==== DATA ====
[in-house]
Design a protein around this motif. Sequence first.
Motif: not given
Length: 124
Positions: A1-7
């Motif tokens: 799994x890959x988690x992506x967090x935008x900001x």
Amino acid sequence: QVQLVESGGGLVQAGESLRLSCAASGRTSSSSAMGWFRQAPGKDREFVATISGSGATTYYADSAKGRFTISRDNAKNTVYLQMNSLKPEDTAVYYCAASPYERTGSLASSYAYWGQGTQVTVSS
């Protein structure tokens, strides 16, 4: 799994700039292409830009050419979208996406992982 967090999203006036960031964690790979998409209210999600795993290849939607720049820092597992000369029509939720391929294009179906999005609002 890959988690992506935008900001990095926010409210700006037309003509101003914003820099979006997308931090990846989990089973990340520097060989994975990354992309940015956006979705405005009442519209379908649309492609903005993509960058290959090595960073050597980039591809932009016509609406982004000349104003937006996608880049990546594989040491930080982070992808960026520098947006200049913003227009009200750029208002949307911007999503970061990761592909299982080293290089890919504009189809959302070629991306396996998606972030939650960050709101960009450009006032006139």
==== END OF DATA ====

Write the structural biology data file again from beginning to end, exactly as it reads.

[in-house]
Design a protein around this motif. Sequence first.
Motif: not given
Length: 124
Positions: A1-7
């Motif tokens: 799994x890959x988690x992506x967090x935008x900001x």
Amino acid sequence: QVQLVESGGGLVQAGESLRLSCAASGRTSSSSAMGWFRQAPGKDREFVATISGSGATTYYADSAKGRFTISRDNAKNTVYLQMNSLKPEDTAVYYCAASPYERTGSLASSYAYWGQGTQVTVSS
């Protein structure tokens, strides 16, 4: 799994700039292409830009050419979208996406992982 967090999203006036960031964690790979998409209210999600795993290849939607720049820092597992000369029509939720391929294009179906999005609002 890959988690992506935008900001990095926010409210700006037309003509101003914003820099979006997308931090990846989990089973990340520097060989994975990354992309940015956006979705405005009442519209379908649309492609903005993509960058290959090595960073050597980039591809932009016509609406982004000349104003937006996608880049990546594989040491930080982070992808960026520098947006200049913003227009009200750029208002949307911007999503970061990761592909299982080293290089890919504009189809959302070629991306396996998606972030939650960050709101960009450009006032006139």